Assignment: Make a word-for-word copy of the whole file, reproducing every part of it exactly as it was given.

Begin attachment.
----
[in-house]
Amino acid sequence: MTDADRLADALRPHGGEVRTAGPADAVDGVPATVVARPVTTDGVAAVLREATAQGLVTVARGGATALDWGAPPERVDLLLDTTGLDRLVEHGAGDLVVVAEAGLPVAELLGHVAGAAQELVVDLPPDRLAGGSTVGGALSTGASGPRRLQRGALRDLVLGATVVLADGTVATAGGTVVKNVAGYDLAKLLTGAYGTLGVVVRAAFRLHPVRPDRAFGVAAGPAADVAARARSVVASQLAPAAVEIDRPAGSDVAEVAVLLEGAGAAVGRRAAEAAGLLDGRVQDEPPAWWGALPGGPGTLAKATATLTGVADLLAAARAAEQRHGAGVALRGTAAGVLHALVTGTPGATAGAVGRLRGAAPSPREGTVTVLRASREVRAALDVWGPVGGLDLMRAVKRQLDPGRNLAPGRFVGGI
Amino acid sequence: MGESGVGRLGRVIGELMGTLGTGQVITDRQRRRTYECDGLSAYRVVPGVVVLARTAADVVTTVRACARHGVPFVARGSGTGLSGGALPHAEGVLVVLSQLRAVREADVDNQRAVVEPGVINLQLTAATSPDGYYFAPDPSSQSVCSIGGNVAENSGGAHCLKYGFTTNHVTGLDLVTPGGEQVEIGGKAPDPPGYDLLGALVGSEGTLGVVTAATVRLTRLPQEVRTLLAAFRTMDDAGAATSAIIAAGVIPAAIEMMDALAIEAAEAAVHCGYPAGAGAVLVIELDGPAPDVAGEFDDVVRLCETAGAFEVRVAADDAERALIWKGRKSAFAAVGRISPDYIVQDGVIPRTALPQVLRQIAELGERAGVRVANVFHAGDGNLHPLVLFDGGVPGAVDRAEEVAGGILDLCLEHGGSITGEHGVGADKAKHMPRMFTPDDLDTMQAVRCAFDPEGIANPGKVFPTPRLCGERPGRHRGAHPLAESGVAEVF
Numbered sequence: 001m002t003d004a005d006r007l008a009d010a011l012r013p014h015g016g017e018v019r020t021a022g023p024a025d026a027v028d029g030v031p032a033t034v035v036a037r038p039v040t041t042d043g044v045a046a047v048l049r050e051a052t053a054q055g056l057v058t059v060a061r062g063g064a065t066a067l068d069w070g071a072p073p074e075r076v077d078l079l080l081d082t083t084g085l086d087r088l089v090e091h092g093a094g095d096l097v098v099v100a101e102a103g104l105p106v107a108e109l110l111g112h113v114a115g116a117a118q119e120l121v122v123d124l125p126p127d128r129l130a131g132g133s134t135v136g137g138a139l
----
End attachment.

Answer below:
[in-house]
Amino acid sequence: MTDADRLADALRPHGGEVRTAGPADAVDGVPATVVARPVTTDGVAAVLREATAQGLVTVARGGATALDWGAPPERVDLLLDTTGLDRLVEHGAGDLVVVAEAGLPVAELLGHVAGAAQELVVDLPPDRLAGGSTVGGALSTGASGPRRLQRGALRDLVLGATVVLADGTVATAGGTVVKNVAGYDLAKLLTGAYGTLGVVVRAAFRLHPVRPDRAFGVAAGPAADVAARARSVVASQLAPAAVEIDRPAGSDVAEVAVLLEGAGAAVGRRAAEAAGLLDGRVQDEPPAWWGALPGGPGTLAKATATLTGVADLLAAARAAEQRHGAGVALRGTAAGVLHALVTGTPGATAGAVGRLRGAAPSPREGTVTVLRASREVRAALDVWGPVGGLDLMRAVKRQLDPGRNLAPGRFVGGI
Amino acid sequence: MGESGVGRLGRVIGELMGTLGTGQVITDRQRRRTYECDGLSAYRVVPGVVVLARTAADVVTTVRACARHGVPFVARGSGTGLSGGALPHAEGVLVVLSQLRAVREADVDNQRAVVEPGVINLQLTAATSPDGYYFAPDPSSQSVCSIGGNVAENSGGAHCLKYGFTTNHVTGLDLVTPGGEQVEIGGKAPDPPGYDLLGALVGSEGTLGVVTAATVRLTRLPQEVRTLLAAFRTMDDAGAATSAIIAAGVIPAAIEMMDALAIEAAEAAVHCGYPAGAGAVLVIELDGPAPDVAGEFDDVVRLCETAGAFEVRVAADDAERALIWKGRKSAFAAVGRISPDYIVQDGVIPRTALPQVLRQIAELGERAGVRVANVFHAGDGNLHPLVLFDGGVPGAVDRAEEVAGGILDLCLEHGGSITGEHGVGADKAKHMPRMFTPDDLDTMQAVRCAFDPEGIANPGKVFPTPRLCGERPGRHRGAHPLAESGVAEVF
Numbered sequence: 001m002t003d004a005d006r007l008a009d010a011l012r013p014h015g016g017e018v019r020t021a022g023p024a025d026a027v028d029g030v031p032a033t034v035v036a037r038p039v040t041t042d043g044v045a046a047v048l049r050e051a052t053a054q055g056l057v058t059v060a061r062g063g064a065t066a067l068d069w070g071a072p073p074e075r076v077d078l079l080l081d082t083t084g085l086d087r088l089v090e091h092g093a094g095d096l097v098v099v100a101e102a103g104l105p106v107a108e109l110l111g112h113v114a115g116a117a118q119e120l121v122v123d124l125p126p127d128r129l130a131g132g133s134t135v136g137g138a139l